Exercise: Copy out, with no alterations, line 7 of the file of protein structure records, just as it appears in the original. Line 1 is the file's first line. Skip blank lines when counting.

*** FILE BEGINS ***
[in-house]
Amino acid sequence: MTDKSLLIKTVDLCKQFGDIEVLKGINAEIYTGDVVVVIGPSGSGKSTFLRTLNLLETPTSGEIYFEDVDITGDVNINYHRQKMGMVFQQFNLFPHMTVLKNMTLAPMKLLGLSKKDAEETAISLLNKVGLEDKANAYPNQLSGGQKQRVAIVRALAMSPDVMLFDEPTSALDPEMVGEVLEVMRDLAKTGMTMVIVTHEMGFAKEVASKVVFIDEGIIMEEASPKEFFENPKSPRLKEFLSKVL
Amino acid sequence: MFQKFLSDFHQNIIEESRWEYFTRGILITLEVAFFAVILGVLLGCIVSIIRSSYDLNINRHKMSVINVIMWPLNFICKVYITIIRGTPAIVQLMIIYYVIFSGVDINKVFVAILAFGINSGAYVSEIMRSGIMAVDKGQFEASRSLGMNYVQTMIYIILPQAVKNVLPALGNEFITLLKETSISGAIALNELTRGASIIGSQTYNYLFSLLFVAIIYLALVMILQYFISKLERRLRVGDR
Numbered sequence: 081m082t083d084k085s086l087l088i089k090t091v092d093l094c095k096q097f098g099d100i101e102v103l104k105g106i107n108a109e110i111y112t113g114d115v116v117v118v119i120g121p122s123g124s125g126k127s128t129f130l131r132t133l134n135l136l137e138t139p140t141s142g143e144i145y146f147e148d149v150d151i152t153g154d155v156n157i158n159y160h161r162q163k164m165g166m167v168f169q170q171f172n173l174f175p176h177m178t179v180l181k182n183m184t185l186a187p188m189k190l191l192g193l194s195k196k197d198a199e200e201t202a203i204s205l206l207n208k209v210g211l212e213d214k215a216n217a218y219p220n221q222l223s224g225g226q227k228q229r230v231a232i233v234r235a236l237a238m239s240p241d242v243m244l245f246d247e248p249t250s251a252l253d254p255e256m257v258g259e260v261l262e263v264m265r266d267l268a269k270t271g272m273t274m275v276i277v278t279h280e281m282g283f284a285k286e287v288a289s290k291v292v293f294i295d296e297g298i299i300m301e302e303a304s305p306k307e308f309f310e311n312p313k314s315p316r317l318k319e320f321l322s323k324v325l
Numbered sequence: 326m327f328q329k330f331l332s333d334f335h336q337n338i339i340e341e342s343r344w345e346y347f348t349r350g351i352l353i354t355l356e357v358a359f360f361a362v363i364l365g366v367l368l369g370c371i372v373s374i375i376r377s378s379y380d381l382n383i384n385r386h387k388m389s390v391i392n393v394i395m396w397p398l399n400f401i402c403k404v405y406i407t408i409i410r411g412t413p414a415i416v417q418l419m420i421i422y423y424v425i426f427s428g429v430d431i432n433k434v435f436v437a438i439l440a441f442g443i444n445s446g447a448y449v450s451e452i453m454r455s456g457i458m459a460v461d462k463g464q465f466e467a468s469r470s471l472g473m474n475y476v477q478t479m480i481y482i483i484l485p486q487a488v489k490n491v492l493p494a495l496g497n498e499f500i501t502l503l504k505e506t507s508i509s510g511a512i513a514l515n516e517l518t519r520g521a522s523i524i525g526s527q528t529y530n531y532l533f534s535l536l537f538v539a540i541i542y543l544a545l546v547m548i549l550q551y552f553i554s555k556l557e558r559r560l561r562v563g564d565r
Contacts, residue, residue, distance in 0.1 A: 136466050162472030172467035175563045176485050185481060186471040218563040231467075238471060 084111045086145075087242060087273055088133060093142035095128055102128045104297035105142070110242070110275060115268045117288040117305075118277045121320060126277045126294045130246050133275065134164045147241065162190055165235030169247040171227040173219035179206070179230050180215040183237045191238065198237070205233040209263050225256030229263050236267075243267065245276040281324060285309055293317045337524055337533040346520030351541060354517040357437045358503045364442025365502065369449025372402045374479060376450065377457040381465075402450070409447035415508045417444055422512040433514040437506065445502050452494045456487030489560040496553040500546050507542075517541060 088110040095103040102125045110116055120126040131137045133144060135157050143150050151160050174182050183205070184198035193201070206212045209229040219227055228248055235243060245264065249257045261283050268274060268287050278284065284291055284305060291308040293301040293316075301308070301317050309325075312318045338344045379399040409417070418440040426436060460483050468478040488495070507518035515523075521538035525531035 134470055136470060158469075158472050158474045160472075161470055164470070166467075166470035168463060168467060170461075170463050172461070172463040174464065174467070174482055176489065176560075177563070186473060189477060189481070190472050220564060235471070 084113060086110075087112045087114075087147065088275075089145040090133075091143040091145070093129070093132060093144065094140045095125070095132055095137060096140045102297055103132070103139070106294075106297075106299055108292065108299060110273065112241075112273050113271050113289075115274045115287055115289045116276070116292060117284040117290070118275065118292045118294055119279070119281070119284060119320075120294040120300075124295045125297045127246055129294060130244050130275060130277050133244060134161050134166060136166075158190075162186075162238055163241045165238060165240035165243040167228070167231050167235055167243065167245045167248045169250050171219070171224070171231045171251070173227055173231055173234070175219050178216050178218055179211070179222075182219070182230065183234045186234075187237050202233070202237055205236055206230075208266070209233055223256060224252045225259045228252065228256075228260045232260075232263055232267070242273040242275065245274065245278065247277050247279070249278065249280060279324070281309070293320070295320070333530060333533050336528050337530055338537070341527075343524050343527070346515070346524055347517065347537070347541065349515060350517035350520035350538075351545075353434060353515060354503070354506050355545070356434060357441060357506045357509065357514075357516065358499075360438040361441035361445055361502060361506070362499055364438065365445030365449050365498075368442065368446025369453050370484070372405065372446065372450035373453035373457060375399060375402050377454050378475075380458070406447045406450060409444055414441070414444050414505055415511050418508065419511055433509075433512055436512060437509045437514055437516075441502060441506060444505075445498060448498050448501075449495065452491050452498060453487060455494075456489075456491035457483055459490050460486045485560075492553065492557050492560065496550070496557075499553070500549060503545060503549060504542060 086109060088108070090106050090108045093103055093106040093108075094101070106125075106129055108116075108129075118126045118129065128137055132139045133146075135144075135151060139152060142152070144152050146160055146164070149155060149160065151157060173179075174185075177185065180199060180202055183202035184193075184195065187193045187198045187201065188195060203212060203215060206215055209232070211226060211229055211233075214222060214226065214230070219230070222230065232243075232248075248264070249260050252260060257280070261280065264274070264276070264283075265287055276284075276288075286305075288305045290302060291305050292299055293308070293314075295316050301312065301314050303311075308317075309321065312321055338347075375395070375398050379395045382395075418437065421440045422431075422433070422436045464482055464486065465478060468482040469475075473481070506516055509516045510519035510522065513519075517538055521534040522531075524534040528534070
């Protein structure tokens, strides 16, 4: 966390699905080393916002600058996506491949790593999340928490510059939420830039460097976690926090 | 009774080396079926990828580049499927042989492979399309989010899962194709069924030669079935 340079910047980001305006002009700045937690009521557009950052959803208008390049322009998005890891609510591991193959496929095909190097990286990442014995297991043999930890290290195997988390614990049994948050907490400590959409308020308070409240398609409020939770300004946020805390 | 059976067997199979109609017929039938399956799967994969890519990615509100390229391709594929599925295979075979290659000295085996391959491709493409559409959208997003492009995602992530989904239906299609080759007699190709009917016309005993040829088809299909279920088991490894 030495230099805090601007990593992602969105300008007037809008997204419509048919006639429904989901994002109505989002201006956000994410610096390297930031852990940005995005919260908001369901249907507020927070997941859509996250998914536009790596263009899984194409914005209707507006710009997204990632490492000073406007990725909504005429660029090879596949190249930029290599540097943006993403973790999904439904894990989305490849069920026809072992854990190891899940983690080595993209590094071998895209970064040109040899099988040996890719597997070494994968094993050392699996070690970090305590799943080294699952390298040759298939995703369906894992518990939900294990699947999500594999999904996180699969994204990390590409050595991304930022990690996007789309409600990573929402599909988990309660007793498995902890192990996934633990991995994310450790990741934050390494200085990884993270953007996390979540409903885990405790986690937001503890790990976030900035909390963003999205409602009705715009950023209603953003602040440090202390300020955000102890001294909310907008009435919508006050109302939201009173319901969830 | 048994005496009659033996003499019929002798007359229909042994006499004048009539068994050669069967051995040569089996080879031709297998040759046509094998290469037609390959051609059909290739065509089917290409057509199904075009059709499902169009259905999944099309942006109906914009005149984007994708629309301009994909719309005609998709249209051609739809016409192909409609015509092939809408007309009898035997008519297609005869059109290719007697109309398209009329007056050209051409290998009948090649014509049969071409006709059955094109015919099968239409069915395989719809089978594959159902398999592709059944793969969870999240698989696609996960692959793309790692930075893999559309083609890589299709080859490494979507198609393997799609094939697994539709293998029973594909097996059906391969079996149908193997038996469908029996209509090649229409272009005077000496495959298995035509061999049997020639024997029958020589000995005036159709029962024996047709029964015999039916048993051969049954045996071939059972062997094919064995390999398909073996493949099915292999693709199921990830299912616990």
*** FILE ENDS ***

């Protein structure tokens, strides 16, 4: 966390699905080393916002600058996506491949790593999340928490510059939420830039460097976690926090 | 009774080396079926990828580049499927042989492979399309989010899962194709069924030669079935 340079910047980001305006002009700045937690009521557009950052959803208008390049322009998005890891609510591991193959496929095909190097990286990442014995297991043999930890290290195997988390614990049994948050907490400590959409308020308070409240398609409020939770300004946020805390 | 059976067997199979109609017929039938399956799967994969890519990615509100390229391709594929599925295979075979290659000295085996391959491709493409559409959208997003492009995602992530989904239906299609080759007699190709009917016309005993040829088809299909279920088991490894 030495230099805090601007990593992602969105300008007037809008997204419509048919006639429904989901994002109505989002201006956000994410610096390297930031852990940005995005919260908001369901249907507020927070997941859509996250998914536009790596263009899984194409914005209707507006710009997204990632490492000073406007990725909504005429660029090879596949190249930029290599540097943006993403973790999904439904894990989305490849069920026809072992854990190891899940983690080595993209590094071998895209970064040109040899099988040996890719597997070494994968094993050392699996070690970090305590799943080294699952390298040759298939995703369906894992518990939900294990699947999500594999999904996180699969994204990390590409050595991304930022990690996007789309409600990573929402599909988990309660007793498995902890192990996934633990991995994310450790990741934050390494200085990884993270953007996390979540409903885990405790986690937001503890790990976030900035909390963003999205409602009705715009950023209603953003602040440090202390300020955000102890001294909310907008009435919508006050109302939201009173319901969830 | 048994005496009659033996003499019929002798007359229909042994006499004048009539068994050669069967051995040569089996080879031709297998040759046509094998290469037609390959051609059909290739065509089917290409057509199904075009059709499902169009259905999944099309942006109906914009005149984007994708629309301009994909719309005609998709249209051609739809016409192909409609015509092939809408007309009898035997008519297609005869059109290719007697109309398209009329007056050209051409290998009948090649014509049969071409006709059955094109015919099968239409069915395989719809089978594959159902398999592709059944793969969870999240698989696609996960692959793309790692930075893999559309083609890589299709080859490494979507198609393997799609094939697994539709293998029973594909097996059906391969079996149908193997038996469908029996209509090649229409272009005077000496495959298995035509061999049997020639024997029958020589000995005036159709029962024996047709029964015999039916048993051969049954045996071939059972062997094919064995390999398909073996493949099915292999693709199921990830299912616990």